1.1k

    I was thinking something more like "tends to" as in "does more so than does not."
  • tom
    1.5k
    I was thinking something more like "tends to" as in "does more so than does not."m-theory

    All you need to do is derive a "tends-to" from a "does". Go ahead!
  • m-theory
    1.1k

    It does seem like I would tend to do that in this example..
    .
  • tom
    1.5k
    It does seem like I would tend to do that in this example..
    .
    m-theory

    Why not do it then. Derive a "tends-to" from a "does". You will be famous!
  • Metaphysician Undercover
    9k
    But the present does contain elements of both the already-established (past) and the to-be-established (future). By thinking of the present as a "division" you are artificially cutting into the flow of time or events; and also trying to think the present as 'pure' which can only suggest a kind of infinitesimal point instant. I don't think that way of thinking about it is either comprehensive enough to capture the quality of the living present or even really intelligible at all, other than in the most abstract 'mathematical' kind of way.John

    Why would you say that thinking of the present as a division between future and past involves "cutting into the flow of time"? It is not even established that there is such a thing as a "flow" of time. I suggested the division between past and future, as a fundamental principle, because it is what we can conclude as true, from empirical evidence. Notice that "flow" is not supported by empirical evidence, it is derived from deductive logic. It is not the same time now, as it was a while ago, such a change requires flow, therefore time must be flowing. What I think is that if you want to introduce a "flow" to account for this change, we must do so in a way which remains consistent with the first principle, that the past is distinct from the future.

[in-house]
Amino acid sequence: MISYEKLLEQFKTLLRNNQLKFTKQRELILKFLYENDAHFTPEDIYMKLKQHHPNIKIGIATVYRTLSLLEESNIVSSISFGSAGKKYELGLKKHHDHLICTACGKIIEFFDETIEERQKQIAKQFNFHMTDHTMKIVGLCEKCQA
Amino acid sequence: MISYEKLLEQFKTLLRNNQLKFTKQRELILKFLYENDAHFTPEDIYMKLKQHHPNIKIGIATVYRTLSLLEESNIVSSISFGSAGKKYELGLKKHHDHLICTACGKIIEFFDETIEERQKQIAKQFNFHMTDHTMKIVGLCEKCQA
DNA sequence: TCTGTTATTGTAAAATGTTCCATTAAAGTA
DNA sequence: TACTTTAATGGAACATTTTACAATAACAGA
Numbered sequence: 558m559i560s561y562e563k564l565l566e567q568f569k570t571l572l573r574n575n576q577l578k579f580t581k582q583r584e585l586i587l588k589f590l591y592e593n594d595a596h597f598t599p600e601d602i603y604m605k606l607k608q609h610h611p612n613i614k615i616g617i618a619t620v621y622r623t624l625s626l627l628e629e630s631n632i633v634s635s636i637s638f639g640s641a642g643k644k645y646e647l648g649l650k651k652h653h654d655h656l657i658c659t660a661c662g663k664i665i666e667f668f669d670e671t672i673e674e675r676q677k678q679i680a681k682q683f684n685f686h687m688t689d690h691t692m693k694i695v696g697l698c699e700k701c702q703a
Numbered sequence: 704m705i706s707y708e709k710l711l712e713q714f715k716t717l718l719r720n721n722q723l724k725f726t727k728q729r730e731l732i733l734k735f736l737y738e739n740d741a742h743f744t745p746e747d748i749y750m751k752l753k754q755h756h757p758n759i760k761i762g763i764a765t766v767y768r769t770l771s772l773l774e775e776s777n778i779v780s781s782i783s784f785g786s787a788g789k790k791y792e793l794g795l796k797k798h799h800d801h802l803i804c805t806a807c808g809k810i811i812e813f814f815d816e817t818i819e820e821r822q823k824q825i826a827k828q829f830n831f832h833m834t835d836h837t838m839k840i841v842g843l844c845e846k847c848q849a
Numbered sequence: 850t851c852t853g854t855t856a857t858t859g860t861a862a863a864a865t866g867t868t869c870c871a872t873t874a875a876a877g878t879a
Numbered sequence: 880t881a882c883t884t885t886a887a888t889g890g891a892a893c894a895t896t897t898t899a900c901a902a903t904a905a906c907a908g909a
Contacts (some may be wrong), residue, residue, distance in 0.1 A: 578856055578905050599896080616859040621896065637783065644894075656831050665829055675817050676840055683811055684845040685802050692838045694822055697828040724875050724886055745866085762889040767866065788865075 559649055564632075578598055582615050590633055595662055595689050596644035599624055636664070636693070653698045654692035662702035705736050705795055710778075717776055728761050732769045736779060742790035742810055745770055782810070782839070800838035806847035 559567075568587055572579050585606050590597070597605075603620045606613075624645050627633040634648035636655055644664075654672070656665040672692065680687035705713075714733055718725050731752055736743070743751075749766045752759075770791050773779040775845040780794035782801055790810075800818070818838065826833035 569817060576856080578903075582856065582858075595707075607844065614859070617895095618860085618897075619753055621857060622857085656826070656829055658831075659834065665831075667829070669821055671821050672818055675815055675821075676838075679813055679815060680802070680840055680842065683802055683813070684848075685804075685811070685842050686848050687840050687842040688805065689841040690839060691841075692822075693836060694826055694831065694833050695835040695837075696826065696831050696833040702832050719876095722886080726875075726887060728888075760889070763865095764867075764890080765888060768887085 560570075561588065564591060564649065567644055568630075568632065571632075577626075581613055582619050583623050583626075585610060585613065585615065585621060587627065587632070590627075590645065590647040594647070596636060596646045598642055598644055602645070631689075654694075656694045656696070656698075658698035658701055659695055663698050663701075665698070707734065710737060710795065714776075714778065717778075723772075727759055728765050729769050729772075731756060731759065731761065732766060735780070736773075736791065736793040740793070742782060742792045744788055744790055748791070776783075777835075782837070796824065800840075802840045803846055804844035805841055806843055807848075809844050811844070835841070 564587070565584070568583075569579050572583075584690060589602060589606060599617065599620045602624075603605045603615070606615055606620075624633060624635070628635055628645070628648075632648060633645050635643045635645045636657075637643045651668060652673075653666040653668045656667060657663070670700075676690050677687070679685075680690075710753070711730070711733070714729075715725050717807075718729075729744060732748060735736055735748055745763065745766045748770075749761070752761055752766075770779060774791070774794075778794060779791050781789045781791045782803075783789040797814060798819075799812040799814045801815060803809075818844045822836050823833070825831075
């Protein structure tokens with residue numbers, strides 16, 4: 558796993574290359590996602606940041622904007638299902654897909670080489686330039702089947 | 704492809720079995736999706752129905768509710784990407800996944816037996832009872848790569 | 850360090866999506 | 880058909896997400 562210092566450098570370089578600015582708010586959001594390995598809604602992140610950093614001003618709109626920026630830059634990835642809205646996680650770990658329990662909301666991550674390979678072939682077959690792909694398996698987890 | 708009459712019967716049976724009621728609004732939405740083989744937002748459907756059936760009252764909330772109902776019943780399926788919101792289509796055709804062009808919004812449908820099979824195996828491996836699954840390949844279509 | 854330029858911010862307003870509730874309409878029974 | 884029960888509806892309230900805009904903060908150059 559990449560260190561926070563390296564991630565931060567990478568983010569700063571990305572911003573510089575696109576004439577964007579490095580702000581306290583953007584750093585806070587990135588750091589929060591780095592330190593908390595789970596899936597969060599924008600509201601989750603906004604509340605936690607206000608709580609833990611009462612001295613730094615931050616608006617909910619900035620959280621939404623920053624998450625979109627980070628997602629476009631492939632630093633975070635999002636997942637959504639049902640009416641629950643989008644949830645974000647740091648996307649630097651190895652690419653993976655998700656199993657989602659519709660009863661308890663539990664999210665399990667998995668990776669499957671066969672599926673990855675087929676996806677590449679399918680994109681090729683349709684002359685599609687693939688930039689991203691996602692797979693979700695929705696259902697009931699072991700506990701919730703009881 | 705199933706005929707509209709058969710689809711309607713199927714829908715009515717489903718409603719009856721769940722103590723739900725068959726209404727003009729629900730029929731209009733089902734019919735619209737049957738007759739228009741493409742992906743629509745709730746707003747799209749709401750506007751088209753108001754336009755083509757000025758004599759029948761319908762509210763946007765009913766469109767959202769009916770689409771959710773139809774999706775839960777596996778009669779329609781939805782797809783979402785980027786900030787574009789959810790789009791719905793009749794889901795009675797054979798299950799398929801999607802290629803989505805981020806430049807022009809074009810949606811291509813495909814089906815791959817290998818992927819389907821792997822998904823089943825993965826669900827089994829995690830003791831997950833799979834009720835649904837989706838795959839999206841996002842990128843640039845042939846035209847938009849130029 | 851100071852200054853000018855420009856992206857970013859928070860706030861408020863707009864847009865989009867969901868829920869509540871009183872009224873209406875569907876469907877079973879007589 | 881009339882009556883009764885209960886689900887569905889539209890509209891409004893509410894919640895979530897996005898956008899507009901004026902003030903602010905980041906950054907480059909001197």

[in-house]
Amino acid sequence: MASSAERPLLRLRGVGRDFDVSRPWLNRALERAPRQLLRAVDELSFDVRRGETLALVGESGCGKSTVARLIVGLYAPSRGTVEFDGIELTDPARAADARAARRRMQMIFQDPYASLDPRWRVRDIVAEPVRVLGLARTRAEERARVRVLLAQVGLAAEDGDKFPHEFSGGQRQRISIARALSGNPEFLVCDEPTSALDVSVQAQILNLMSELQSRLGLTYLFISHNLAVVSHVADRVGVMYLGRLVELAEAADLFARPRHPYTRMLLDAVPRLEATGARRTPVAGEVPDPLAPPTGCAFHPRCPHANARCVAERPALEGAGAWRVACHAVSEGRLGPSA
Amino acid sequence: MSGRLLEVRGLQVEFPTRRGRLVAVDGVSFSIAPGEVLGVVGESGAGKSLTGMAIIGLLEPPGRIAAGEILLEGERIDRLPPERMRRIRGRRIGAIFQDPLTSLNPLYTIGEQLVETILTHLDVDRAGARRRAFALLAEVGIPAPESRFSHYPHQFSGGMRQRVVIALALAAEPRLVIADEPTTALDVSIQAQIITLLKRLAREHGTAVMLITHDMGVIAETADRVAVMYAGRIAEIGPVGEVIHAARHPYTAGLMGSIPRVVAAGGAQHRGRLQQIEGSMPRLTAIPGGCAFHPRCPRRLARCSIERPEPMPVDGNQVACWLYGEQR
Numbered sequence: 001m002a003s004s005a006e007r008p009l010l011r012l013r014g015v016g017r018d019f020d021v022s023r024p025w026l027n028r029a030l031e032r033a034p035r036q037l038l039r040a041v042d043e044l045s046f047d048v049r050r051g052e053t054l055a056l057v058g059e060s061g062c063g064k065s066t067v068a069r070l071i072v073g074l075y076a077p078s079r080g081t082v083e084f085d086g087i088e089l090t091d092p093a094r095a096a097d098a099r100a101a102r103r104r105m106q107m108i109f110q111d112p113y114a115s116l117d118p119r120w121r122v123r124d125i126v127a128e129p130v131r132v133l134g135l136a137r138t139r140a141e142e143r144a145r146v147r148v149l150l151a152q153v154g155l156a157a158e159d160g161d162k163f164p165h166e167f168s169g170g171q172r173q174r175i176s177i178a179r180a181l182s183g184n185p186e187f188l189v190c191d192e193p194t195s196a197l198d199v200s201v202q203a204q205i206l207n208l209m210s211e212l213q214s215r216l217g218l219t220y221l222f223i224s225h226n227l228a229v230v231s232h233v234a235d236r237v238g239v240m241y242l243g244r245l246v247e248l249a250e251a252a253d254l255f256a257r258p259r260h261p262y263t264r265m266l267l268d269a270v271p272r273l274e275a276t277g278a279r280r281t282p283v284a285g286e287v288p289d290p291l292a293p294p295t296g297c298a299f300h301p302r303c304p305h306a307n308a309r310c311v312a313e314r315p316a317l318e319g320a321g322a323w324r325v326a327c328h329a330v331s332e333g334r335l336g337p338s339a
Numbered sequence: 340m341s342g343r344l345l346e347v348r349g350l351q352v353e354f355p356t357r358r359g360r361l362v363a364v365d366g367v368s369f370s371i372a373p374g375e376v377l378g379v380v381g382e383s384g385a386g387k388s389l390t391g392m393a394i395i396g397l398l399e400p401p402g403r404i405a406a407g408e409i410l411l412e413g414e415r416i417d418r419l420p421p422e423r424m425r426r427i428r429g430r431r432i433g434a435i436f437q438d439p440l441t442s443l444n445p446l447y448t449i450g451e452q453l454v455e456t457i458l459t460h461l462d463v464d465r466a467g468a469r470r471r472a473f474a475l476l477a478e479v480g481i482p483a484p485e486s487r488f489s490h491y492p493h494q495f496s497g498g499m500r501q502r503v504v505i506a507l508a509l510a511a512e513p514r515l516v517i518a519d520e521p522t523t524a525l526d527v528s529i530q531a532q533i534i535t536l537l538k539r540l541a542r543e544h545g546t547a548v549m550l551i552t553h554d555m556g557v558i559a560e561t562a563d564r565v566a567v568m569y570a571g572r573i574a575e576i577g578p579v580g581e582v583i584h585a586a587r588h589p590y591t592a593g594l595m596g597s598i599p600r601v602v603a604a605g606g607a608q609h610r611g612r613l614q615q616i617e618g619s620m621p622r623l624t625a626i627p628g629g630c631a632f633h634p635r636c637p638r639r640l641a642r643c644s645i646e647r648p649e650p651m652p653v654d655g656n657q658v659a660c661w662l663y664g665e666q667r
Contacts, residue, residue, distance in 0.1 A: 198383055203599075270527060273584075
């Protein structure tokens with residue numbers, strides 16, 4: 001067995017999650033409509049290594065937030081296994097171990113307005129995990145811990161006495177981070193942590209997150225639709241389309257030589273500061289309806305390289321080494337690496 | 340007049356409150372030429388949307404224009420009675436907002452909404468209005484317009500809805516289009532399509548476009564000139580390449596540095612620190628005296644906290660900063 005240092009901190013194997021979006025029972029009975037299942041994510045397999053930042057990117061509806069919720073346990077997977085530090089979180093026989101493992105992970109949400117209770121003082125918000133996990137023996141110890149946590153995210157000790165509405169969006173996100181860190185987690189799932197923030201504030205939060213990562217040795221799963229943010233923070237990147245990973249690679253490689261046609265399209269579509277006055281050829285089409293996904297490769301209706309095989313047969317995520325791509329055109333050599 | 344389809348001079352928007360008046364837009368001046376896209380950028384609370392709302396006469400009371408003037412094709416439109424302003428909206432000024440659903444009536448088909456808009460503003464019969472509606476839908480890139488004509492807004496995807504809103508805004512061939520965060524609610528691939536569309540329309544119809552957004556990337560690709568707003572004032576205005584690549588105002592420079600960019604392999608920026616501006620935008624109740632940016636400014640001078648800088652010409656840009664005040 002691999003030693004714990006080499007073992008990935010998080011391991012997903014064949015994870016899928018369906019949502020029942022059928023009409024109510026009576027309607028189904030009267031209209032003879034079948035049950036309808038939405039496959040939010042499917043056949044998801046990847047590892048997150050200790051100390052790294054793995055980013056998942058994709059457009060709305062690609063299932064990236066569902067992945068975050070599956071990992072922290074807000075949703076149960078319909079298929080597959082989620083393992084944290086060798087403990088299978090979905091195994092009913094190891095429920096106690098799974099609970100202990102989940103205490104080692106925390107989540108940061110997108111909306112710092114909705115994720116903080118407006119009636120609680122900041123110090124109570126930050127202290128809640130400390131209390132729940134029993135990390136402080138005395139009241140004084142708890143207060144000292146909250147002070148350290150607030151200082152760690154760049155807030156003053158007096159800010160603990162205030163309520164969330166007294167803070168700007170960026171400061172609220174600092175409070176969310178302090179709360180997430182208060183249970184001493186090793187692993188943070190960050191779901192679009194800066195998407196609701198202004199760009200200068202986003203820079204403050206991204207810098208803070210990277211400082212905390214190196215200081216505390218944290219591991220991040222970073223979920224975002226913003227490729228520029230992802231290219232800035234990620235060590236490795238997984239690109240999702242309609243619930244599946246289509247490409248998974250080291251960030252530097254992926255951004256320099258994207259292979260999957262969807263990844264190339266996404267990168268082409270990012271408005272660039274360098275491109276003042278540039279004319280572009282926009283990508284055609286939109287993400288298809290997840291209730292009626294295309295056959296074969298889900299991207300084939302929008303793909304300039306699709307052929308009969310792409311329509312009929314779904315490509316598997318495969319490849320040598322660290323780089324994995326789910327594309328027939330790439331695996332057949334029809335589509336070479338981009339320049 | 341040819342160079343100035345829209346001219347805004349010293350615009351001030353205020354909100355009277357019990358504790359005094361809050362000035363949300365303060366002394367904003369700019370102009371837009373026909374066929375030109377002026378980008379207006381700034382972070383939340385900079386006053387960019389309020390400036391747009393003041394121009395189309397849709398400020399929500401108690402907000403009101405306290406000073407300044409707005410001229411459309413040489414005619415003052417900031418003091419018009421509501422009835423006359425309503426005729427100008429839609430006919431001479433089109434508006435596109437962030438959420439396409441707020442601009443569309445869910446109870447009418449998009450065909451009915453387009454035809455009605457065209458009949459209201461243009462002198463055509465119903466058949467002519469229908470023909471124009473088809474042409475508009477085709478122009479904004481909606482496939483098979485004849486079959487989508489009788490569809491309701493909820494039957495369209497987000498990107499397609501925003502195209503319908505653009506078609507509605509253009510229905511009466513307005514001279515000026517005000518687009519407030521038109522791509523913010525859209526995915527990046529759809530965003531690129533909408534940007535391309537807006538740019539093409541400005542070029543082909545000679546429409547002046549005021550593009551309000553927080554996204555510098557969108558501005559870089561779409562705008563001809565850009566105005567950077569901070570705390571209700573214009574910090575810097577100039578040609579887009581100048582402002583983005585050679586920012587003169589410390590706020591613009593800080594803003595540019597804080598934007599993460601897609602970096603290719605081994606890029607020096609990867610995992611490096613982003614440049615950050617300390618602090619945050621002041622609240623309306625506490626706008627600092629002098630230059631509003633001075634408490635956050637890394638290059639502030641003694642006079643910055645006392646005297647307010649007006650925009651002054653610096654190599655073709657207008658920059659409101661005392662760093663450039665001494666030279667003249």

We do not need to conceive of the present as a pure point of division, such as a non-dimensional separation. Modern science has given us many different perspectives, from huge galaxies, to sub-atomic particles. The division between past and future need not be the same from each of these perspectives, just like if we're talking in centuries, years, or in nanoseconds, we have a different perspective of that division. Still, I think it is more useful to devise a clear division from each of the different spatial perspectives, rather than to say that there is one extremely vague division, allowing that future and past overlap each other within this vague "present". Future and past being properly opposed, it would defeat logic to allow them to coexist at the present. So we need to do something such as allow that the division is different depending on the perspective, to account for the apparent vagueness of the division. The human being for instance uses five senses, and the division between past and future may be slightly different from each of these different perspectives. From the human being's perspective then, as a whole, the division is vague.

    No this is simply wrong...unless you mean to suggest that sub atomic particles are intentional beings.m-theory
    Do you believe that a sub-atomic particle, in its natural state of existence, without human interference, would be behaving in a random way? If you do believe this, how would you proceed to demonstrate that it is true?

    However if possibility is real there is a tremendous survival advantage in being able to understand that possibilities exist.m-theory

    That there are possibilities does not necessarily entail that there is randomness. Randomness must be created, and this requires intention. That is my argument, not that nature is intentional, but that nature does not consist of randomness. Randomness though is intentional. I believe there are ontological possibilities within nature, but the fact that possibilities can be understood through probability demonstrates that possibility does not logically imply randomness. If natural possibilities were random, they could not be understood through probability, they'd be random. Randomness does exist naturally though, it is created intentionally, through the human being's understanding of probability. Human beings create circumstances with equal probabilities, and this produces a random outcome.